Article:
It is petitioner's contention that his conviction was based on an indictment obtained in violation of the provision of the Fourteenth Amendment that 'No state Articles 333—350, Vernon's Ann.C.C.P. jurisdiction the equal protection of the three grand jury commissioners are appointed; was denied him rests on a charge that negroes were in 1938 and long prior thereto intentionally and systematically excluded from grand jury service solely on account of their race and color. That a conviction based upon an indictment returned by a jury so selected is a denial of equal protection is well settled,1 and is not challenged by the state. But both the from different parts of the county; they of Appeals were of opinion that the evidence failed to support the charge of racial discrimination. For that reason the Appellate Court approved the trial court's action in denying petitioner's timely motion to quash the indictment. 2 But the question decided rested upon a charge of denial of equal protection, a basic right protected by the Federal Constitution. And it is therefore our responsibility to appraise the evidence as it relates to this constitutional right.3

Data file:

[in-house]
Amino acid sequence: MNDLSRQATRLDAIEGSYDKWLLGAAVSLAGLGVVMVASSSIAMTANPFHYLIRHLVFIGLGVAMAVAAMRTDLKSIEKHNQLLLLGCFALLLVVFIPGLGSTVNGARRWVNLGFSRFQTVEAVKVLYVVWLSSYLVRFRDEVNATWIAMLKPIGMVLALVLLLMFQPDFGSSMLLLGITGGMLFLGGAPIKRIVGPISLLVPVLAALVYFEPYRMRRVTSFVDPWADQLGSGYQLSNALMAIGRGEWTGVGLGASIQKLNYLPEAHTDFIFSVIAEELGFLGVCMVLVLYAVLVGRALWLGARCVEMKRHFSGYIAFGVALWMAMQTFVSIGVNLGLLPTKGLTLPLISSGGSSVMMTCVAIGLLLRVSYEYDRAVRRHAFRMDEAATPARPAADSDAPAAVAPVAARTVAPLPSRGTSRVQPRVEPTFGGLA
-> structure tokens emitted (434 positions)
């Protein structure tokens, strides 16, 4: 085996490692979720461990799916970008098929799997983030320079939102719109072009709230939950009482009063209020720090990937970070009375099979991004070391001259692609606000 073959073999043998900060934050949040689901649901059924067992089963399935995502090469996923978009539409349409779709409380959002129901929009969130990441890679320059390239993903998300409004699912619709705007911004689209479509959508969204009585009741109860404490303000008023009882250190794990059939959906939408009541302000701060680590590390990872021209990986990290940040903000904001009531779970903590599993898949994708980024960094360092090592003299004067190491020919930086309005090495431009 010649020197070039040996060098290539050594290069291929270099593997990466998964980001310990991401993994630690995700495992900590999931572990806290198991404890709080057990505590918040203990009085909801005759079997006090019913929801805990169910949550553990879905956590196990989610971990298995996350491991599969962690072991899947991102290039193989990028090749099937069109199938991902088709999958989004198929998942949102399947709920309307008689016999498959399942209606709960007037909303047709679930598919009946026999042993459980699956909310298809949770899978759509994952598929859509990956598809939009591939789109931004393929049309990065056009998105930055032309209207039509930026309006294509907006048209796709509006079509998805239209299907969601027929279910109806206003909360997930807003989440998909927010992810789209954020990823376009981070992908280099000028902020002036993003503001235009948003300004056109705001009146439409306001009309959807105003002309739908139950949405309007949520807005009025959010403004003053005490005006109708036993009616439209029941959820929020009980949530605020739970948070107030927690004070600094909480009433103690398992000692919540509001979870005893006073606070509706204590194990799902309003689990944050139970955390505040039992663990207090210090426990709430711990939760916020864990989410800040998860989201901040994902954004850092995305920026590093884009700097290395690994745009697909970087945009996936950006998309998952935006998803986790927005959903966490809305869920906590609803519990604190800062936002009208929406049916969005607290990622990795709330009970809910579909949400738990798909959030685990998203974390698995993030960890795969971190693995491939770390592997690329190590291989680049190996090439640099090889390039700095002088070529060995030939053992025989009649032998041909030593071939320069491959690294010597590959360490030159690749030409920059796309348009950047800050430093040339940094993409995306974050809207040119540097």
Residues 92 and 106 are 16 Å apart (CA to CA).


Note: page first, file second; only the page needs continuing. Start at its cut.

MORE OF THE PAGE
It is part of the established tradition in the use of juries as instruments of public justice that the jury be a body truly representative of the community. For racial discrimination to result in the exclusion from jury service of otherwise qualified groups not only violates our Constitution and the laws enacted under it4 but is at war with our basic concepts of a democratic society and a representative government. We must consider this record in the light of these important principles. The fact that the written words of a state's laws hold out a promise that no such discrimination will be practiced is not enough. The Fourteenth Amendment requires that equal protection to all must be given—not merely promised.